Within the authoritative style is a little democratic “wiggle room,” where there are exceptions to a rule when necessary. An authoritative parent is forgiving, responsive, and nurturing. And although they have a strict sense of discipline and rules, they tend to be restrictive, while at the same time supportive.
Their intention is not to punish; rather guide their children to learn the values that the parent sets and the expectations that they have. Authoritative parents set high expectations for their children but also give them the guidance necessary for children to meet or even exceed those expectations. They typically use positive discipline techniques versus being punishing or shaming and foster positive reinforcement.
How Authoritative Parenting Effects Children
The child of an authoritative parenting style tends to be more confident. Although expectations and demands are placed upon them, they feel confident that they can rise to the occasion with hard work and persistence.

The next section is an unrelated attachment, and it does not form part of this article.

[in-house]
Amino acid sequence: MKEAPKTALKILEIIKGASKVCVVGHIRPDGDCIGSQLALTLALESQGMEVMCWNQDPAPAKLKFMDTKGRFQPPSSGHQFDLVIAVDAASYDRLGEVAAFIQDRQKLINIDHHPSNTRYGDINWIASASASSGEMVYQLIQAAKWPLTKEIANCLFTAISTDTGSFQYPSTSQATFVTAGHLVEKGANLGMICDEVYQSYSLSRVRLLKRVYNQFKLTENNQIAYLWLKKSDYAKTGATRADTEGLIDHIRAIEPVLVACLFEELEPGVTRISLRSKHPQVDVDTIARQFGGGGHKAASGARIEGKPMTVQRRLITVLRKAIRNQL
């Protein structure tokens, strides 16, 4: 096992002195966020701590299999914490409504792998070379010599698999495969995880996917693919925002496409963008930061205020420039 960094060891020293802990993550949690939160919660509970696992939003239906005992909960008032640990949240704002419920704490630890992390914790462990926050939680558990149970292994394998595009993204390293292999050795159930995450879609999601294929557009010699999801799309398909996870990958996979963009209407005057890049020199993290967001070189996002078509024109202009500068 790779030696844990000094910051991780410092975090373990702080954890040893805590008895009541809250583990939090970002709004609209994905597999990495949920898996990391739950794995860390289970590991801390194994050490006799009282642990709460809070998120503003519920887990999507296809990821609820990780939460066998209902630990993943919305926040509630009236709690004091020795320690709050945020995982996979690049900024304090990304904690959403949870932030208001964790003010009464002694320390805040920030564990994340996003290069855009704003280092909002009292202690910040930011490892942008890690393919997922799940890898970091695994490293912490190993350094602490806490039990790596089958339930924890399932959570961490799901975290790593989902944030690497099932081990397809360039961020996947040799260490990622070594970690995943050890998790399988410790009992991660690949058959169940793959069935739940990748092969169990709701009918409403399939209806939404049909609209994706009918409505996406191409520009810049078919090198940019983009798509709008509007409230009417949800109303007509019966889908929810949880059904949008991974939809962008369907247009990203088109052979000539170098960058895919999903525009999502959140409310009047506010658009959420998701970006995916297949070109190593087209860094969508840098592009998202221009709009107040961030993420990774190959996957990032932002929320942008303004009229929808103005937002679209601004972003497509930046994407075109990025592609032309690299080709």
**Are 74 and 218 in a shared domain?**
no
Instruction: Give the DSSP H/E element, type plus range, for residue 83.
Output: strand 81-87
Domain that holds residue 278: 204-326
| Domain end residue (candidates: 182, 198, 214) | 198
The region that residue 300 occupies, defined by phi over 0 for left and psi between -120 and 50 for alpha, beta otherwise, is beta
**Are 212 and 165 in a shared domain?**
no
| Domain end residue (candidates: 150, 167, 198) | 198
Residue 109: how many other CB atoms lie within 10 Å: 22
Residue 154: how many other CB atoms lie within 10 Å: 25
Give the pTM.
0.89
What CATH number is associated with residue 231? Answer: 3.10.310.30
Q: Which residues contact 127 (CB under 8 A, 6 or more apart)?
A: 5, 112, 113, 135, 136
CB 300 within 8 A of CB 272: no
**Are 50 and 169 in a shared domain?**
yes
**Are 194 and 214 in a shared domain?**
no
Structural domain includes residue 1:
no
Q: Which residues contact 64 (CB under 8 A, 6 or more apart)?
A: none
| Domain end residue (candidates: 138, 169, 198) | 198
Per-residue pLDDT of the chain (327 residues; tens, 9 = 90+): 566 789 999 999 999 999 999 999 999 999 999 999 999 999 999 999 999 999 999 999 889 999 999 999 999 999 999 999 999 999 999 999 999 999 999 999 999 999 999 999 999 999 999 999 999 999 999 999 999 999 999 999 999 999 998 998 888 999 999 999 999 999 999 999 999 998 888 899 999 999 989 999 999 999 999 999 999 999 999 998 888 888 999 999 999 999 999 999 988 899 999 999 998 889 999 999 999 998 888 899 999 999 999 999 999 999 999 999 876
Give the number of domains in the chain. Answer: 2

Children raised by authoritative parents are also more likely to have positive relationships with others. And they often tend to excel academically and socially because they learn independence and self-sufficiency through their interactions with their parents.
Permissive parenting styles are indulgent and often come with very little rules. They tend to put very few expectations on their children to show maturity or any sense of self-control. They also show leniency even when there should be more strict boundaries.
Permissive parents are often more concerned about being liked and considered their child’s friend than to be the authority figure. But the permissive parent is also nurturing and communicative with their children.
The permissive parent often thinks that staying out of their children’s lives gives them the room to make decisions for themselves, and therefore, it helps them to learn how to navigate the world on their own.
Permissive parents are not the same as neglectful ones, they are still responsive and loving to their child’s needs and they are involved, but they have very little expectations or rules of conduct. The permissive parenting style has a difficult time setting limits and often ignores bad behavior or gives in when a child misbehaves.